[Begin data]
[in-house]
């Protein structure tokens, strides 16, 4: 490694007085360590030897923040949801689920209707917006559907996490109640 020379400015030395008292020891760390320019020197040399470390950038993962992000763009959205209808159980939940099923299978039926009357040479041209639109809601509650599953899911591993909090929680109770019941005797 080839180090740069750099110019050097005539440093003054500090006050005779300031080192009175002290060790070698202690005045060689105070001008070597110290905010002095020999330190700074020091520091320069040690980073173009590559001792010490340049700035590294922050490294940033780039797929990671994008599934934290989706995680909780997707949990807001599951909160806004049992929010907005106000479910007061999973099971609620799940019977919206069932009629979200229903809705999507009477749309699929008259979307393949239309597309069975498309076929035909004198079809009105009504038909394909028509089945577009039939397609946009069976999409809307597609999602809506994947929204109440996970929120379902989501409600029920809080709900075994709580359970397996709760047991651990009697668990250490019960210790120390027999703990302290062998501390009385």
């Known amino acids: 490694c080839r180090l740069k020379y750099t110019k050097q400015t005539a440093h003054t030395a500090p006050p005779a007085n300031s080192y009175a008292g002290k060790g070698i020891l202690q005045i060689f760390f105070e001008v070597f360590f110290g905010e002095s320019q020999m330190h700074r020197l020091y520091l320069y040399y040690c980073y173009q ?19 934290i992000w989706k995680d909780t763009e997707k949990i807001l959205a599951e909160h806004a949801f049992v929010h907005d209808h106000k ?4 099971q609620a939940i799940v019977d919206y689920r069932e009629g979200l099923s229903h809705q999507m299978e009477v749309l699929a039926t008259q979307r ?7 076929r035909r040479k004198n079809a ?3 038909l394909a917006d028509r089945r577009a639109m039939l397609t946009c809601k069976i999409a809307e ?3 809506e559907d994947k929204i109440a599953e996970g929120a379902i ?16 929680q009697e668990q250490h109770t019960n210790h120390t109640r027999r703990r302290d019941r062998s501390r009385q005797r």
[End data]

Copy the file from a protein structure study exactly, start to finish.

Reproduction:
[in-house]
């Protein structure tokens, strides 16, 4: 490694007085360590030897923040949801689920209707917006559907996490109640 020379400015030395008292020891760390320019020197040399470390950038993962992000763009959205209808159980939940099923299978039926009357040479041209639109809601509650599953899911591993909090929680109770019941005797 080839180090740069750099110019050097005539440093003054500090006050005779300031080192009175002290060790070698202690005045060689105070001008070597110290905010002095020999330190700074020091520091320069040690980073173009590559001792010490340049700035590294922050490294940033780039797929990671994008599934934290989706995680909780997707949990807001599951909160806004049992929010907005106000479910007061999973099971609620799940019977919206069932009629979200229903809705999507009477749309699929008259979307393949239309597309069975498309076929035909004198079809009105009504038909394909028509089945577009039939397609946009069976999409809307597609999602809506994947929204109440996970929120379902989501409600029920809080709900075994709580359970397996709760047991651990009697668990250490019960210790120390027999703990302290062998501390009385």
């Known amino acids: 490694c080839r180090l740069k020379y750099t110019k050097q400015t005539a440093h003054t030395a500090p006050p005779a007085n300031s080192y009175a008292g002290k060790g070698i020891l202690q005045i060689f760390f105070e001008v070597f360590f110290g905010e002095s320019q020999m330190h700074r020197l020091y520091l320069y040399y040690c980073y173009q ?19 934290i992000w989706k995680d909780t763009e997707k949990i807001l959205a599951e909160h806004a949801f049992v929010h907005d209808h106000k ?4 099971q609620a939940i799940v019977d919206y689920r069932e009629g979200l099923s229903h809705q999507m299978e009477v749309l699929a039926t008259q979307r ?7 076929r035909r040479k004198n079809a ?3 038909l394909a917006d028509r089945r577009a639109m039939l397609t946009c809601k069976i999409a809307e ?3 809506e559907d994947k929204i109440a599953e996970g929120a379902i ?16 929680q009697e668990q250490h109770t019960n210790h120390t109640r027999r703990r302290d019941r062998s501390r009385q005797r």